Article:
With the Women’s World Cup in full swing, and the recent Sepp Blatter controversy making headlines across the world, FIFA, the governing body of international soccer, has been all over the place lately. All that attention had little to no impact at the box office, however, as the FIFA origins drama United Passions became the lowest-grossing film in U.S. history.

Just how bad did United Passions tank? Well, according to The Hollywood Reporter, on ten screens over the course of the June 6 weekend, it managed to earn $918. This puts it ahead of, or behind depending on your perspective, such non-notable movies at I Kissed A Vampire and Last Flight of the Champion, which we haven’t heard of either. Those films, a rock musical based on a web series and a terribly animated space adventure, earned $1380 and $1493 respectively during their theatrical campaigns.

FIFA put up 90% of the budget for the movie, which falls somewhere between $25 and $32 million, and is described as "self-congratulatory." They even managed to score some notable onscreen talent, including Tim Roth, Sam Neill, and Gérard Depardieu, though that apparently didn’t do them any good in the end. The film is performing better in Russia, where it has earned $158,000, but it doesn’t have distribution in many other regions, and went straight to home video in France.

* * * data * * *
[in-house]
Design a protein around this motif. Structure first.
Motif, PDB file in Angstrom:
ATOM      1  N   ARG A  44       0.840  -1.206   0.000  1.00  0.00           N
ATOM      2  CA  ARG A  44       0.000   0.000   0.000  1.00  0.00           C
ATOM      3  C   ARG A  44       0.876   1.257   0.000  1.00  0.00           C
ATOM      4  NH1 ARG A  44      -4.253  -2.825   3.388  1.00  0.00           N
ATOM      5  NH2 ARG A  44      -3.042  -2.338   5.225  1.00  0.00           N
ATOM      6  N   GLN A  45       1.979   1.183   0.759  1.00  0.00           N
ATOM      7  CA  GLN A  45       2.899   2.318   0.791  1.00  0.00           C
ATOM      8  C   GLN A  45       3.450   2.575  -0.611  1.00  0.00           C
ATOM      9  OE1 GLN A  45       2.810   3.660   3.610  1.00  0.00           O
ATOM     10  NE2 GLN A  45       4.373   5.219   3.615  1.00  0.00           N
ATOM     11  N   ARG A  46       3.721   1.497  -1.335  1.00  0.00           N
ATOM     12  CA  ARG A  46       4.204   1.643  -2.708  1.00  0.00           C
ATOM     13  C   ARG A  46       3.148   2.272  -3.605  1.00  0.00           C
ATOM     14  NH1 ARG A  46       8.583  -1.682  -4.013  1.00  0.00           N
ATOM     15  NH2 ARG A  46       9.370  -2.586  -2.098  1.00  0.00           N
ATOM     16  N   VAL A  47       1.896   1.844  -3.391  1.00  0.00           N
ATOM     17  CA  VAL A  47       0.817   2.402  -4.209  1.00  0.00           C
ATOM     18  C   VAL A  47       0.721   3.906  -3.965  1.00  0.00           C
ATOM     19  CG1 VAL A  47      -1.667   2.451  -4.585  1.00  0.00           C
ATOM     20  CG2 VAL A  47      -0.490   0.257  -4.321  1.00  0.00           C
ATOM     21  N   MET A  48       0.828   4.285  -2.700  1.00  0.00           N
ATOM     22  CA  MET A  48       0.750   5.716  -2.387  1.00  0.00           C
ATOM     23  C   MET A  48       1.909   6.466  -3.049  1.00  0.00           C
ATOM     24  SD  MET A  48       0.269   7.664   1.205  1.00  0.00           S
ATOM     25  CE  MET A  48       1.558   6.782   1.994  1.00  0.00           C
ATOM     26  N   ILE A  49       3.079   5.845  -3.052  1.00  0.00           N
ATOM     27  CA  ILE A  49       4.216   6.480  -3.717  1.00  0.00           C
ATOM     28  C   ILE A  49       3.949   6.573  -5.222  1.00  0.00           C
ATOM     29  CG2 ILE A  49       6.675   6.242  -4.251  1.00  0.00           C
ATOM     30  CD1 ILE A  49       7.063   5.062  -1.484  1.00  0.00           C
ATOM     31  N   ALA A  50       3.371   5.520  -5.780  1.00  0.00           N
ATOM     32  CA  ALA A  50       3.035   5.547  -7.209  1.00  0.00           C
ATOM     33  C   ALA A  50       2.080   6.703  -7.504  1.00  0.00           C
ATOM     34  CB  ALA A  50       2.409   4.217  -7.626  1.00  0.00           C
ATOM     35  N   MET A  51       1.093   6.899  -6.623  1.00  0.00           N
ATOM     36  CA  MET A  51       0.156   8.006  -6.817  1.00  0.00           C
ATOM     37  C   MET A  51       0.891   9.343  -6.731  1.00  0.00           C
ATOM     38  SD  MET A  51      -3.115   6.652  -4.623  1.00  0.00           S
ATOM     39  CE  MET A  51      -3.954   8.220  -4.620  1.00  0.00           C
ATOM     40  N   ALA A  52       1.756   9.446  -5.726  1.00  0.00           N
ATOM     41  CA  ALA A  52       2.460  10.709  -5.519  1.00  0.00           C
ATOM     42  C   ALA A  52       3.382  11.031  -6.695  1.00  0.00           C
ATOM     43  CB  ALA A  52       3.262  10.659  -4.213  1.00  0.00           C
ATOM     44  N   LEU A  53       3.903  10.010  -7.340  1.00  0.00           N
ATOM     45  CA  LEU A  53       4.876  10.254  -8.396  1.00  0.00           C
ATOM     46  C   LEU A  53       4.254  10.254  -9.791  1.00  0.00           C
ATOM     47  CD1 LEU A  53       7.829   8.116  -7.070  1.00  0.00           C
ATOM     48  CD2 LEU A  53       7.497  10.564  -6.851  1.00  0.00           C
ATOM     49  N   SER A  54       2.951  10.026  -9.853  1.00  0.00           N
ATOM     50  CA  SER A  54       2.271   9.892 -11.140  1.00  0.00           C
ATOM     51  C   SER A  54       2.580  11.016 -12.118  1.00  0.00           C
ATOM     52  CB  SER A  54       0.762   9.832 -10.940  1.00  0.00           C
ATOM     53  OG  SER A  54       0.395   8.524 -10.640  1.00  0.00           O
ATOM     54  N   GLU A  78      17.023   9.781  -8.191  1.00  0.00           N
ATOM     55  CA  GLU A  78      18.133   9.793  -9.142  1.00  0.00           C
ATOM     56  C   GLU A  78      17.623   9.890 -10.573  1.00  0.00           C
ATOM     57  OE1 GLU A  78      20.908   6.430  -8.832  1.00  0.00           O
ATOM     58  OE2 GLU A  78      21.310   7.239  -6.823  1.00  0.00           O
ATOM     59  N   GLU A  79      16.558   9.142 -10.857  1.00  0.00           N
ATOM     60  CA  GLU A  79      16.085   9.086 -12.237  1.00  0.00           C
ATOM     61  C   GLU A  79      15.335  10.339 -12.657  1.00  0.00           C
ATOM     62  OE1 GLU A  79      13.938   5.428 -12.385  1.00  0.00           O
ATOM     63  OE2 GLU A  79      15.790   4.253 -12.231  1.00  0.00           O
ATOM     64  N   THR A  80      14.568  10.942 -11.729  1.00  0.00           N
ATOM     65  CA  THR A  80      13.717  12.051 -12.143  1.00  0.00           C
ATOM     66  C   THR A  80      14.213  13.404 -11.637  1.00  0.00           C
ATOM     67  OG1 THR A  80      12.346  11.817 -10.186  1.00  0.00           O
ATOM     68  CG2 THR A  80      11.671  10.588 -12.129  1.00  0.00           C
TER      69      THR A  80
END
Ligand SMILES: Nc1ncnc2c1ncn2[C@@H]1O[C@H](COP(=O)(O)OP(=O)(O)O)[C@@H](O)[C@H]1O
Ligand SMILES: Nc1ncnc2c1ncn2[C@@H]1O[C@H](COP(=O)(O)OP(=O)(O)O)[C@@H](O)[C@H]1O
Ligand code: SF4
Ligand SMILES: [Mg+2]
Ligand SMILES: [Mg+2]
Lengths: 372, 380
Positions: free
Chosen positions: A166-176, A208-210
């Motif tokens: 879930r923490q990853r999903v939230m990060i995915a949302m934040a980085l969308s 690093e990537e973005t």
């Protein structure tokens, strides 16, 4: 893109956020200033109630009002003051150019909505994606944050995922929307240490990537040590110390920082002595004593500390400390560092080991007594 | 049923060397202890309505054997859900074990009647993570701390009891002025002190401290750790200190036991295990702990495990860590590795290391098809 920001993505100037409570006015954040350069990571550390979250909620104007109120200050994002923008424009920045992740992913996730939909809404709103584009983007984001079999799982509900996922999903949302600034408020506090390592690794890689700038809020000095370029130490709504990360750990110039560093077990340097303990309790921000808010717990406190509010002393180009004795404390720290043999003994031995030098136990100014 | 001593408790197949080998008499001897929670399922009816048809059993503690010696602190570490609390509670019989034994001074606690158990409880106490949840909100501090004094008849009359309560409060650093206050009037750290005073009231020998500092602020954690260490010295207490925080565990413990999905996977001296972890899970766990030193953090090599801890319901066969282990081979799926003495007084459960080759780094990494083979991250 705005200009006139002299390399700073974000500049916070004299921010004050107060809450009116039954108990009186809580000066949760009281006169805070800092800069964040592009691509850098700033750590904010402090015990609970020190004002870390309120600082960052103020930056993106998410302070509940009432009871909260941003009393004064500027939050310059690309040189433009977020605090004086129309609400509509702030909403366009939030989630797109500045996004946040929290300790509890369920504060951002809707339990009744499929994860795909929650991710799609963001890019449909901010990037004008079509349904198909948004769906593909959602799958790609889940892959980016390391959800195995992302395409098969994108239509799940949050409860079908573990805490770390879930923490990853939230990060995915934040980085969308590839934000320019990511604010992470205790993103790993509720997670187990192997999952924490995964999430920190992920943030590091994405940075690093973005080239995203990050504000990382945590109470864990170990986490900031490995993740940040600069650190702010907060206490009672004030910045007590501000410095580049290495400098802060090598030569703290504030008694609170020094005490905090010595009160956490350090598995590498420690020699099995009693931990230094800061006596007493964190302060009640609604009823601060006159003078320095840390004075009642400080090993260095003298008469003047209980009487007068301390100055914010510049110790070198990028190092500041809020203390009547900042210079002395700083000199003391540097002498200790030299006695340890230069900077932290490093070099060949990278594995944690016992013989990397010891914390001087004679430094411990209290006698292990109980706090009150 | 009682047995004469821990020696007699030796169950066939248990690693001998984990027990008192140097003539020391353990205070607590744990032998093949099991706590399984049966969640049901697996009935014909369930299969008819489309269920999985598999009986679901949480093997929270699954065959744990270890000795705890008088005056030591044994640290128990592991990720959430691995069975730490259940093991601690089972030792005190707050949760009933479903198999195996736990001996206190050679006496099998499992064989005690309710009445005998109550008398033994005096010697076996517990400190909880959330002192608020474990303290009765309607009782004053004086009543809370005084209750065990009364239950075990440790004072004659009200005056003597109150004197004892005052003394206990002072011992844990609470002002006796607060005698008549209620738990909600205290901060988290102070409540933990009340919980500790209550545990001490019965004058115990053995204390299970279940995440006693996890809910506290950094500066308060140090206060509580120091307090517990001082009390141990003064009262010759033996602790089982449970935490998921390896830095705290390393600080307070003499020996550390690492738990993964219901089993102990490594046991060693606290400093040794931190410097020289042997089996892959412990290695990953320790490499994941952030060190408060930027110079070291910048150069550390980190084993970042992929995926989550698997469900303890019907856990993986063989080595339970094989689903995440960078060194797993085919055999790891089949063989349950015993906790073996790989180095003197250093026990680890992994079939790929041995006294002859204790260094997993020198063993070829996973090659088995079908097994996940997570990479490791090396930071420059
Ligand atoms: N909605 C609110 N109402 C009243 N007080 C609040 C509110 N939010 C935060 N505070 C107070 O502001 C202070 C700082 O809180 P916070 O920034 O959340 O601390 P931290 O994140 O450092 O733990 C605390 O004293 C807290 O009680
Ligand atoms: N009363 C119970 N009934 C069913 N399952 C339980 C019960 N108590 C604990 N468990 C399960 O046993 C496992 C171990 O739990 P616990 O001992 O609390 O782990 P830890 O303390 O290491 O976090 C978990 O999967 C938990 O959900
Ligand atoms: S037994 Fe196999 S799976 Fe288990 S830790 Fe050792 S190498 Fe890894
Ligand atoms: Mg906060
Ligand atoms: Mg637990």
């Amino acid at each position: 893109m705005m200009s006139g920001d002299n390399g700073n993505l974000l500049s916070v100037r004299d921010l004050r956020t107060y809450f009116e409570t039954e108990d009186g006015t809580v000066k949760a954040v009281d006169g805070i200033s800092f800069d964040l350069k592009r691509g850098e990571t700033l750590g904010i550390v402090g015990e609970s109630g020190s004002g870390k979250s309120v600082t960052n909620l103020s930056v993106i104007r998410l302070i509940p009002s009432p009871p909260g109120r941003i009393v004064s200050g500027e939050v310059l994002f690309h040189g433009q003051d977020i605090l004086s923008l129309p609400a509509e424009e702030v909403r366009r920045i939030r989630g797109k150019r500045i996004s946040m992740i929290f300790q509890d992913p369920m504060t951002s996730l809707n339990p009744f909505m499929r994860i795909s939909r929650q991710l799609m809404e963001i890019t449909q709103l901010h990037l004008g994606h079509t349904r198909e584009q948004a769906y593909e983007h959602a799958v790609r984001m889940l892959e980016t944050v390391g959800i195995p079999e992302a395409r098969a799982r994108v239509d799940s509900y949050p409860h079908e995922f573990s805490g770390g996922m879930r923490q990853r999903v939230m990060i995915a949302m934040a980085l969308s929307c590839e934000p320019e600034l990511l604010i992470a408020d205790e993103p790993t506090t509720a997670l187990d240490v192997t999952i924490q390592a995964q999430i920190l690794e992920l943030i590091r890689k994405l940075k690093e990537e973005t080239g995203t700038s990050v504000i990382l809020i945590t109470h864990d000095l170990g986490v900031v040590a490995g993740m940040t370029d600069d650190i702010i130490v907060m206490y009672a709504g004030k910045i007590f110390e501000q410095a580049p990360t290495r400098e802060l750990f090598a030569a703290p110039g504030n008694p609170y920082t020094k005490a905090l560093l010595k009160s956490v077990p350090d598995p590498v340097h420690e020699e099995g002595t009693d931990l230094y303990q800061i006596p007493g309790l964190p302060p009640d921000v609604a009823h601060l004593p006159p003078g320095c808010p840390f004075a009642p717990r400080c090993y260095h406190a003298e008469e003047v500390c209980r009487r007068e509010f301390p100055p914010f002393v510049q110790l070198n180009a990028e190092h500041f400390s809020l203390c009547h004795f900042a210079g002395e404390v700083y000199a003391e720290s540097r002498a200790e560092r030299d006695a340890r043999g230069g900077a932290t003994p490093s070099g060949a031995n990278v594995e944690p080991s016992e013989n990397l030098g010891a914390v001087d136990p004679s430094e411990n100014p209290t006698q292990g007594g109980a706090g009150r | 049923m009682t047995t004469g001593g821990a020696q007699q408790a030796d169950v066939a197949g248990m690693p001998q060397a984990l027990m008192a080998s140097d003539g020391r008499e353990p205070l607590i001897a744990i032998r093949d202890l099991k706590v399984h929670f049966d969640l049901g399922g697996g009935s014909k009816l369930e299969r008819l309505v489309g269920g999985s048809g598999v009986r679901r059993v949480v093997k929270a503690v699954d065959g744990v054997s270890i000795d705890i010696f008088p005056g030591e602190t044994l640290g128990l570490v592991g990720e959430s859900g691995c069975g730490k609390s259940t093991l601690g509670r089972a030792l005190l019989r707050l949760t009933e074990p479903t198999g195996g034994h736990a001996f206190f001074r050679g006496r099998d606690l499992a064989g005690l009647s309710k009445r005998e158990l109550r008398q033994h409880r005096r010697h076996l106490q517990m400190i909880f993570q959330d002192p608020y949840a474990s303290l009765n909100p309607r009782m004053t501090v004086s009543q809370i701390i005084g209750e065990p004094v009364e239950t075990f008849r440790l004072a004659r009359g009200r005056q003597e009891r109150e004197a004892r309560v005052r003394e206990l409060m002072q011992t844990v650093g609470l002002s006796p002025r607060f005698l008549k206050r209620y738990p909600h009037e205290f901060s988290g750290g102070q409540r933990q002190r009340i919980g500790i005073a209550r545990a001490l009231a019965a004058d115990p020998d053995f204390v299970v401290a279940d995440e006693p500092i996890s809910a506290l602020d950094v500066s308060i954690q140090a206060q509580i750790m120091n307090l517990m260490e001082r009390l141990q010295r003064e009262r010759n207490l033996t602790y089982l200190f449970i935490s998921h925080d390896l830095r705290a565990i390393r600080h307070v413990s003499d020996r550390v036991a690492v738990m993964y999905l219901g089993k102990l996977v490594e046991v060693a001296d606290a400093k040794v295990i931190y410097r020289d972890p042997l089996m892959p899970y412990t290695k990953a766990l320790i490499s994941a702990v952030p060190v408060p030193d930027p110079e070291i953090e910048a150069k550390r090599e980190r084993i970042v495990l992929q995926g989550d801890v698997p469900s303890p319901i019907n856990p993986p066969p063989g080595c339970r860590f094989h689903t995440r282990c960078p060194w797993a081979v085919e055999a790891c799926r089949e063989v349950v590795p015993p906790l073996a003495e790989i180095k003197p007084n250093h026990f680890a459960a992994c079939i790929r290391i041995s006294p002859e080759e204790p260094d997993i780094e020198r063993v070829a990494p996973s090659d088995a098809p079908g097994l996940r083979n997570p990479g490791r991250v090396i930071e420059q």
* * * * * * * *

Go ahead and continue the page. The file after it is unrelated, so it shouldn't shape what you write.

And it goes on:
The story of the film traces the origins of FIFA, and it probably didn’t help matters that the theatrical release coincided with the recent scandal where many of the key players in the organization, which has been widely criticized as being corrupt, especially in regards to deciding where the World Cup will be played, were arrested on charges of, you guessed it, corruption. In the midst of all of this controversy, FIFA President Sepp Blatter, a central character in the film, played by Tim Roth, was embroiled in all of this, managed to be elected to a fifth term in his position, and shortly after resigned in disgrace.



By all accounts, the real life drama unfolding on the nightly news was way more interesting than anything in United Passions, which apparently features none of the decades worth of reports and speculation about corruption. Roth reportedly asked the filmmakers where all of that was in the script. Not only was the film a financial disaster, it was brutalized by critics as well, who not only tore into what is, by all accounts, a terrible film, but also found humor in the almost too-perfect timing of the release.

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